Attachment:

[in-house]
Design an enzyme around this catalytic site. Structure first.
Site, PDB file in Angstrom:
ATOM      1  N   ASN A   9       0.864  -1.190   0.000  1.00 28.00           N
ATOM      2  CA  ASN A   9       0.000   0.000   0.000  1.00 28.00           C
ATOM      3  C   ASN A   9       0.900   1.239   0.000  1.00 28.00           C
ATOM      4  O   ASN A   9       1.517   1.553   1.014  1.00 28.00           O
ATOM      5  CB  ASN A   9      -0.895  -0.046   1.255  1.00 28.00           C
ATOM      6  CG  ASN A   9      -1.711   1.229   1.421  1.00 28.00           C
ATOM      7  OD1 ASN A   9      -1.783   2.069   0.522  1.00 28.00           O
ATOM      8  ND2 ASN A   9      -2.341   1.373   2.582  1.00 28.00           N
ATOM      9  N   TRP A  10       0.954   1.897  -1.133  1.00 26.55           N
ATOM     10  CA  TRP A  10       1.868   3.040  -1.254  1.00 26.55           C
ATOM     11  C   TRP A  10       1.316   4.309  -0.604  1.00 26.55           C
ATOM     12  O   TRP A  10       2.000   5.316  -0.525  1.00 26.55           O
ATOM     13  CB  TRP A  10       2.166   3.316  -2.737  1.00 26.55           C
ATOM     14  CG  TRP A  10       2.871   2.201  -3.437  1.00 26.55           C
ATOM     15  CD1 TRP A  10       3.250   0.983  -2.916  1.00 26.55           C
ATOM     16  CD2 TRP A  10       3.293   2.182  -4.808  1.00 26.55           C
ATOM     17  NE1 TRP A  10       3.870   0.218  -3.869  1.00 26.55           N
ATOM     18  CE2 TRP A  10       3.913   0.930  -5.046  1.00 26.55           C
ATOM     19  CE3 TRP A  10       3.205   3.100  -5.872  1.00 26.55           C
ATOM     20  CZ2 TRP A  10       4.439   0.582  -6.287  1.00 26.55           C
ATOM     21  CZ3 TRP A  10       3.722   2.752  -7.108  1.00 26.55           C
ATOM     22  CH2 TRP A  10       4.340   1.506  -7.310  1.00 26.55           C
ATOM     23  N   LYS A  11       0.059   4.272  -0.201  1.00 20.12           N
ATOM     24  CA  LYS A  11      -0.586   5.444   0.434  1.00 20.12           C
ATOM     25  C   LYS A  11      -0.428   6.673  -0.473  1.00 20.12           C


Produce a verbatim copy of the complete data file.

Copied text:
[in-house]
Design an enzyme around this catalytic site. Structure first.
Site, PDB file in Angstrom:
ATOM      1  N   ASN A   9       0.864  -1.190   0.000  1.00 28.00           N
ATOM      2  CA  ASN A   9       0.000   0.000   0.000  1.00 28.00           C
ATOM      3  C   ASN A   9       0.900   1.239   0.000  1.00 28.00           C
ATOM      4  O   ASN A   9       1.517   1.553   1.014  1.00 28.00           O
ATOM      5  CB  ASN A   9      -0.895  -0.046   1.255  1.00 28.00           C
ATOM      6  CG  ASN A   9      -1.711   1.229   1.421  1.00 28.00           C
ATOM      7  OD1 ASN A   9      -1.783   2.069   0.522  1.00 28.00           O
ATOM      8  ND2 ASN A   9      -2.341   1.373   2.582  1.00 28.00           N
ATOM      9  N   TRP A  10       0.954   1.897  -1.133  1.00 26.55           N
ATOM     10  CA  TRP A  10       1.868   3.040  -1.254  1.00 26.55           C
ATOM     11  C   TRP A  10       1.316   4.309  -0.604  1.00 26.55           C
ATOM     12  O   TRP A  10       2.000   5.316  -0.525  1.00 26.55           O
ATOM     13  CB  TRP A  10       2.166   3.316  -2.737  1.00 26.55           C
ATOM     14  CG  TRP A  10       2.871   2.201  -3.437  1.00 26.55           C
ATOM     15  CD1 TRP A  10       3.250   0.983  -2.916  1.00 26.55           C
ATOM     16  CD2 TRP A  10       3.293   2.182  -4.808  1.00 26.55           C
ATOM     17  NE1 TRP A  10       3.870   0.218  -3.869  1.00 26.55           N
ATOM     18  CE2 TRP A  10       3.913   0.930  -5.046  1.00 26.55           C
ATOM     19  CE3 TRP A  10       3.205   3.100  -5.872  1.00 26.55           C
ATOM     20  CZ2 TRP A  10       4.439   0.582  -6.287  1.00 26.55           C
ATOM     21  CZ3 TRP A  10       3.722   2.752  -7.108  1.00 26.55           C
ATOM     22  CH2 TRP A  10       4.340   1.506  -7.310  1.00 26.55           C
ATOM     23  N   LYS A  11       0.059   4.272  -0.201  1.00 20.12           N
ATOM     24  CA  LYS A  11      -0.586   5.444   0.434  1.00 20.12           C
ATOM     25  C   LYS A  11      -0.428   6.673  -0.473  1.00 20.12           C